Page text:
Speaker Trent Loos
Humorist & Storyteller on Rural America
Loos Tales is dedicated to exploring the interesting people and places of Rural America. It is the creation of Trent Loos, a sixth generation United States farmer with a passion for the rural lifestyle.
Loos records, produces and sends his radio programs from wherever his travels take him using his laptop computer and the internet. He presently has a radio listening audience of 4 million and can be heard on more than 100 stations across the country.
Trent's radio programming includes daily Loos Tales and Rural Route programming as well as Dakota Trails & Tales, Colorado Trails & Tales, Loos Trails & Tales and Illinois Truth be Told.
Loos also can frequently be found addressing agricultural and non-agricultural groups alike. Among his favorite audiences are our nation's youth where he takes the opportunity to talk with them about the importance of food as a matter of national security and the value of their involvement in today's food production system.
Trent was raised on a diversified farm near Quincy, IL. He entered the hog business at a young age and has been involved in livestock production ever since. He and his wife Kelli operate a purebred Limousin and Angus herd. They enjoy working cattle, training horses and raising their three daughters on their ranch in central Nebraska.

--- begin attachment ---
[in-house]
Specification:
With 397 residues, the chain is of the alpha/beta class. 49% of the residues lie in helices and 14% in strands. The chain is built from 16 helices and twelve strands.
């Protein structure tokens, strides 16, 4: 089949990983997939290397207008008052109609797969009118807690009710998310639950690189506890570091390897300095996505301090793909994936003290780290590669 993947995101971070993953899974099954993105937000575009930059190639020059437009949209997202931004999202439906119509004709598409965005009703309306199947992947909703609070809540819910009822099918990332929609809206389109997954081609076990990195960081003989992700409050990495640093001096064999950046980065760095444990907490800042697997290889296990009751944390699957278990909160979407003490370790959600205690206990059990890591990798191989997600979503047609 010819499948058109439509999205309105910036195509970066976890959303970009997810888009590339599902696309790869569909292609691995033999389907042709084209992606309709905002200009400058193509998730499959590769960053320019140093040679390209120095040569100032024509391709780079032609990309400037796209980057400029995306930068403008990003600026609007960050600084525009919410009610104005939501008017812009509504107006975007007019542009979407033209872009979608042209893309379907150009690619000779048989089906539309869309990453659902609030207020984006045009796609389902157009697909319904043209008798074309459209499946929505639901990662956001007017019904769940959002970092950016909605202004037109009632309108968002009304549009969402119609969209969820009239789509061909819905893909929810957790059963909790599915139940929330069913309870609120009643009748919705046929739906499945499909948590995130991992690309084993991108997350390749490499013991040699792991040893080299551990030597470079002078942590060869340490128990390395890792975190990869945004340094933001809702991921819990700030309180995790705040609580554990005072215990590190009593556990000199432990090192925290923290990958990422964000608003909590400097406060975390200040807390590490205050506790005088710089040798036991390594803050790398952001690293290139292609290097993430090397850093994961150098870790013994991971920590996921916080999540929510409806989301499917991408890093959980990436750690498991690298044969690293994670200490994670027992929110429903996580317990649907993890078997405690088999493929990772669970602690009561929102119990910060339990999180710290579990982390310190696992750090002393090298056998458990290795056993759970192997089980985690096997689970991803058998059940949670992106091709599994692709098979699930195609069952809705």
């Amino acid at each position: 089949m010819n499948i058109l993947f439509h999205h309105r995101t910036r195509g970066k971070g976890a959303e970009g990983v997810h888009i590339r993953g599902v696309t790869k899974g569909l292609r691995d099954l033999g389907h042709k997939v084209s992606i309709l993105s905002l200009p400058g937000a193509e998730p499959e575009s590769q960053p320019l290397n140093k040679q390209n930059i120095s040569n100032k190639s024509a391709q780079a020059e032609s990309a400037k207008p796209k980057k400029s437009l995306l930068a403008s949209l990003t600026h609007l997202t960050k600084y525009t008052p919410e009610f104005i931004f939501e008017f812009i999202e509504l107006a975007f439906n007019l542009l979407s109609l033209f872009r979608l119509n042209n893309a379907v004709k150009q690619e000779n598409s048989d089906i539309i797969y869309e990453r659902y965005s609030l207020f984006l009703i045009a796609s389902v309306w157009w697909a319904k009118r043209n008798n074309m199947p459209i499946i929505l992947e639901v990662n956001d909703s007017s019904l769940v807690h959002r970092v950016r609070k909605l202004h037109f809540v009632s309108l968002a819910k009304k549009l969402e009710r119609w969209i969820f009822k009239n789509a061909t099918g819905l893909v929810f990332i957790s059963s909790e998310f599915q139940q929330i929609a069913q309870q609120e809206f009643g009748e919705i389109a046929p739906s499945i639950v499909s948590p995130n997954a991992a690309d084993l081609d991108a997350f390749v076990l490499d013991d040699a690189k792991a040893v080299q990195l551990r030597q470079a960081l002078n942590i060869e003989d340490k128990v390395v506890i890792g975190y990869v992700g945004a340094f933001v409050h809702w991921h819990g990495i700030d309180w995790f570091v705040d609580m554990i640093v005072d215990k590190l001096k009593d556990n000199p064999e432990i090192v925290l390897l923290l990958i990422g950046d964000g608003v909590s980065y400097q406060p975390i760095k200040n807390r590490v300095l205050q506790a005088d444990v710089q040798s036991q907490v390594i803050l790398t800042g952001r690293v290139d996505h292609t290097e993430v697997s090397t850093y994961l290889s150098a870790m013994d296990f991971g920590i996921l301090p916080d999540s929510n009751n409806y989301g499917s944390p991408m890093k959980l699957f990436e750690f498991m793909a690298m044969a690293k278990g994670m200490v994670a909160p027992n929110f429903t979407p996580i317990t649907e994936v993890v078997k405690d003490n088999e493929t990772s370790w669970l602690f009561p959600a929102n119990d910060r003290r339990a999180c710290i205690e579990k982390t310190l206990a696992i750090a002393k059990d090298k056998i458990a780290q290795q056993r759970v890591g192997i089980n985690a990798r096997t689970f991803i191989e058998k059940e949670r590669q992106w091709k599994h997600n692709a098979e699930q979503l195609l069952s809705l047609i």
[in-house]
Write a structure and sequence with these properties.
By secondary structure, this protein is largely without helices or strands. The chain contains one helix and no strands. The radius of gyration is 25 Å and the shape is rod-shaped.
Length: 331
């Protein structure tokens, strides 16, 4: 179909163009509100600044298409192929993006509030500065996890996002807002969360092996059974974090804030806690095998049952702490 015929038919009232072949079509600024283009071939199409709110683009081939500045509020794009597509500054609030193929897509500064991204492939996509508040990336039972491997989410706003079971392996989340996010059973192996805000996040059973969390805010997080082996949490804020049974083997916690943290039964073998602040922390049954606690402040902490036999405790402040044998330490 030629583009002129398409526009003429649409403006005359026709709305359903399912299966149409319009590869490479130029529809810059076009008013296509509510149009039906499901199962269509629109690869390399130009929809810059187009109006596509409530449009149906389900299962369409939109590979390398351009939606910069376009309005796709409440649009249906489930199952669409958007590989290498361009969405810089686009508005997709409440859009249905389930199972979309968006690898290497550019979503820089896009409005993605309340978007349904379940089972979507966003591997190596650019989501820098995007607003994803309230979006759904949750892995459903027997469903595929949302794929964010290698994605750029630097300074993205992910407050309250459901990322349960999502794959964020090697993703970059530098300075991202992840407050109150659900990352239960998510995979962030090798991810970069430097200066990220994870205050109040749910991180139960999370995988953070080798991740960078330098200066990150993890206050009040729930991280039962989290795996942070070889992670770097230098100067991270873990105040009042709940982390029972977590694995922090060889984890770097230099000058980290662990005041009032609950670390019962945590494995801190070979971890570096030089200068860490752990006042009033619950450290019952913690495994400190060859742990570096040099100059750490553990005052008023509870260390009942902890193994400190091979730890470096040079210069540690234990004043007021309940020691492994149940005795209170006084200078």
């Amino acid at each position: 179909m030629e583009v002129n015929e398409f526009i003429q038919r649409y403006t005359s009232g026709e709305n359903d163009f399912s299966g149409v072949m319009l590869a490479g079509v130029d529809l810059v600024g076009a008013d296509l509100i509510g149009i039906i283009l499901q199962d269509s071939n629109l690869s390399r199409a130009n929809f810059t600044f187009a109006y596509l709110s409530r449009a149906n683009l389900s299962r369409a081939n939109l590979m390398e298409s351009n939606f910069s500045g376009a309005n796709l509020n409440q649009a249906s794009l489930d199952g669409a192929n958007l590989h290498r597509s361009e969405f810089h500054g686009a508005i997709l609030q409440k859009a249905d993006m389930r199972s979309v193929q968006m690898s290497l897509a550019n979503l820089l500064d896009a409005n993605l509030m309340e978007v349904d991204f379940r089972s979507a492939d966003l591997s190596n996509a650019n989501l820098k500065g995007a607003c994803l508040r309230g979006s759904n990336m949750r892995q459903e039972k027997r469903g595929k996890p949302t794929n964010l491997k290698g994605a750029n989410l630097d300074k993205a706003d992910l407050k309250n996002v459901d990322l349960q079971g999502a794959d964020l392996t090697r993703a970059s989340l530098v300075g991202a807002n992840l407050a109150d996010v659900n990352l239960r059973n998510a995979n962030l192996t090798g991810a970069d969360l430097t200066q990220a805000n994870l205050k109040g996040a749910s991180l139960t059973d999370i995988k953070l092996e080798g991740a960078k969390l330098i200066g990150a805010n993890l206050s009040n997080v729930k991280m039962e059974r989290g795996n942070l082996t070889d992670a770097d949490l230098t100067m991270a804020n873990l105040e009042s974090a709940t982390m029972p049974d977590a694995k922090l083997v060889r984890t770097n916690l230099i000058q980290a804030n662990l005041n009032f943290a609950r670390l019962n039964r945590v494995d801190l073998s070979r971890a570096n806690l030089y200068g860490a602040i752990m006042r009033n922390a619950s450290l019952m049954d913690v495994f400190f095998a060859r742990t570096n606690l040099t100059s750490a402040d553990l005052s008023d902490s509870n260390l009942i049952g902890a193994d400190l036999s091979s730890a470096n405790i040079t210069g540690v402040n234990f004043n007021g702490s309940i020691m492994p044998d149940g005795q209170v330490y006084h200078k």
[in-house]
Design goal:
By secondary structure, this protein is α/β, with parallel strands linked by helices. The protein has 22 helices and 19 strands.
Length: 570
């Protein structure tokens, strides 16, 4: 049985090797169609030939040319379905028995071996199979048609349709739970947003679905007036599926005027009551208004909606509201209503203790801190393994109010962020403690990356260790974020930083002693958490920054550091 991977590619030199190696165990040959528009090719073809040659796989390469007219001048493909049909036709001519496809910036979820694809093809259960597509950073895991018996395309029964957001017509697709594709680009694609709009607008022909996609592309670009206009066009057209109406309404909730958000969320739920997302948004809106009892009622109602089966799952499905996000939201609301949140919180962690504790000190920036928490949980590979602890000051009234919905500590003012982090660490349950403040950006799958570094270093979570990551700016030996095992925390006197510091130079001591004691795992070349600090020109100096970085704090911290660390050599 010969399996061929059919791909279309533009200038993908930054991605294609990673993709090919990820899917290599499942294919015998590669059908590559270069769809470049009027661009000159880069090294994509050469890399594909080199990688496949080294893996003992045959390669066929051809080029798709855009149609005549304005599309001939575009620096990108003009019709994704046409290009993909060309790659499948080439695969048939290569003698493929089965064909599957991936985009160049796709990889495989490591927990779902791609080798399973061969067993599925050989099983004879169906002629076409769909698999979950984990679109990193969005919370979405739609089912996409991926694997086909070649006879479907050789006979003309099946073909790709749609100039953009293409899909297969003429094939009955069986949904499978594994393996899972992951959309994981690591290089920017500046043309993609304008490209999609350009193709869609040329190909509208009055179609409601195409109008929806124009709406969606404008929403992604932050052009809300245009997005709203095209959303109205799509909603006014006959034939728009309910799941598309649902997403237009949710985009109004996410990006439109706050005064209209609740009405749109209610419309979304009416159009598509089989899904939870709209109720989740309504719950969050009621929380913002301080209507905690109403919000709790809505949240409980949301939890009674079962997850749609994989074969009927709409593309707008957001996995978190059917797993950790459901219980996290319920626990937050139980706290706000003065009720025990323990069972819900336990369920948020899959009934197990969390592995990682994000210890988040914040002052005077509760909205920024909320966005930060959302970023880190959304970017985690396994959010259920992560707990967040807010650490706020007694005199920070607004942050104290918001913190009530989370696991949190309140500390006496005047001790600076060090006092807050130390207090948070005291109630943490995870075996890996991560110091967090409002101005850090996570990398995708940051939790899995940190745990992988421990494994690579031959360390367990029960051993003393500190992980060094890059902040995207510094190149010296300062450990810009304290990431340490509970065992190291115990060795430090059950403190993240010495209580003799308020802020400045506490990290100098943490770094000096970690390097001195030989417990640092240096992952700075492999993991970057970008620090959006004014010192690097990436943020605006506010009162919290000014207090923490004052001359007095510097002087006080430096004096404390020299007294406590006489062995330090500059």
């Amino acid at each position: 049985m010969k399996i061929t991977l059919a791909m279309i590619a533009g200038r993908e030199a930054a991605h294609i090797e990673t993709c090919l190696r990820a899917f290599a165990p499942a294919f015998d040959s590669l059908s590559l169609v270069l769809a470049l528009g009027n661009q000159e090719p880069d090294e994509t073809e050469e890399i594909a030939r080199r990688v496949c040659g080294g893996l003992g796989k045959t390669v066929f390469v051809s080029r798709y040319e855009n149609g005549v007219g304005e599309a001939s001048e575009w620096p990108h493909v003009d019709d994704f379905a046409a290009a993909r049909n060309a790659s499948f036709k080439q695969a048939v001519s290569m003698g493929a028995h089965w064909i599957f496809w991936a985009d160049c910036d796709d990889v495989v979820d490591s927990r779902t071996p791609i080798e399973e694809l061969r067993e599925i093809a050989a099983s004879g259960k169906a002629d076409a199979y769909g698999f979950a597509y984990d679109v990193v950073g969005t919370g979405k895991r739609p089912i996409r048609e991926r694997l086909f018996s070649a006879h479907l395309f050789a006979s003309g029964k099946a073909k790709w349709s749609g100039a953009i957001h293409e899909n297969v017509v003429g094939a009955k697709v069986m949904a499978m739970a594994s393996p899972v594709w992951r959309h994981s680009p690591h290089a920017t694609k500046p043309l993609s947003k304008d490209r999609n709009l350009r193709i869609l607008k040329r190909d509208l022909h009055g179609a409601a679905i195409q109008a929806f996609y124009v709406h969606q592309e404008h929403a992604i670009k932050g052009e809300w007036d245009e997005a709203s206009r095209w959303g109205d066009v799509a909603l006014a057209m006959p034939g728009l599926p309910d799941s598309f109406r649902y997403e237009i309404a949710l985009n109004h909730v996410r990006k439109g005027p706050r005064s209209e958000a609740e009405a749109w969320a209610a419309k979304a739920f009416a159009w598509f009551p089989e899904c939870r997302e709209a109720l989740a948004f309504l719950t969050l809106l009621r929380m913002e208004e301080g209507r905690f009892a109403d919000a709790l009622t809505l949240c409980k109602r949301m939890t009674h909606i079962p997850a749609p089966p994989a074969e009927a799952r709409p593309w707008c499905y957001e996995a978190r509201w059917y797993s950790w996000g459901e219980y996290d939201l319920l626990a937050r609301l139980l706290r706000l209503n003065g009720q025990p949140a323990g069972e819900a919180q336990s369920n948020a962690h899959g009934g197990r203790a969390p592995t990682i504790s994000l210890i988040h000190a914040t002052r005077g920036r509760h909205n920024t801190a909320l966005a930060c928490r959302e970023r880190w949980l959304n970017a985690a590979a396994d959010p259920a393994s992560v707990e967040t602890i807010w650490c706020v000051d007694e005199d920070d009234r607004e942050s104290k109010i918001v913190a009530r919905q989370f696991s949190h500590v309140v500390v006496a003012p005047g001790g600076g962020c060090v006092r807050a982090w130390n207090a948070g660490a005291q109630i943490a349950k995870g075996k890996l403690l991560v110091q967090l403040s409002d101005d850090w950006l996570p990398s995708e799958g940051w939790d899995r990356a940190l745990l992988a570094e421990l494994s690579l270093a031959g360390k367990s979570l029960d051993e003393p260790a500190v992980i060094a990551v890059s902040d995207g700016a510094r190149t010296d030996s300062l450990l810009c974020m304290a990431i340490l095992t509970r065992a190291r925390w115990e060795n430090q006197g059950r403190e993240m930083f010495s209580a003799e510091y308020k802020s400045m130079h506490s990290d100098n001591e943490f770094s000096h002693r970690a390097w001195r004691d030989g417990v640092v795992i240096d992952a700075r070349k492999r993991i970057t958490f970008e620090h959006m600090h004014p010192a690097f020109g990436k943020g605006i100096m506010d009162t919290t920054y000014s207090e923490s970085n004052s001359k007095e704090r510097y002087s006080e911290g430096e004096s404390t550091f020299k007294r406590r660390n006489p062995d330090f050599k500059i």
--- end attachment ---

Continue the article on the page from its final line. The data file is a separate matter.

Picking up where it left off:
Speaking up for agriculture
Trent travels the country motivating and educating his audience on issues related to animal agriculture and food production. His audiences vary in age, background, mission and profession, but they all come away enthused about bridging the gap between food producers and consumers. When addressing youth groups, Trent emphasizes the importance and pride associated with being involved in U.S. food production in the future.
Motivation - Fire up your group or organization with a motivational presentation
Leadership - Learn the skills needed to be a leader in standing up for agriculture and today's food production system
Youth Groups - The future of the ag industry belongs to our youth. How will we get them back to the farm?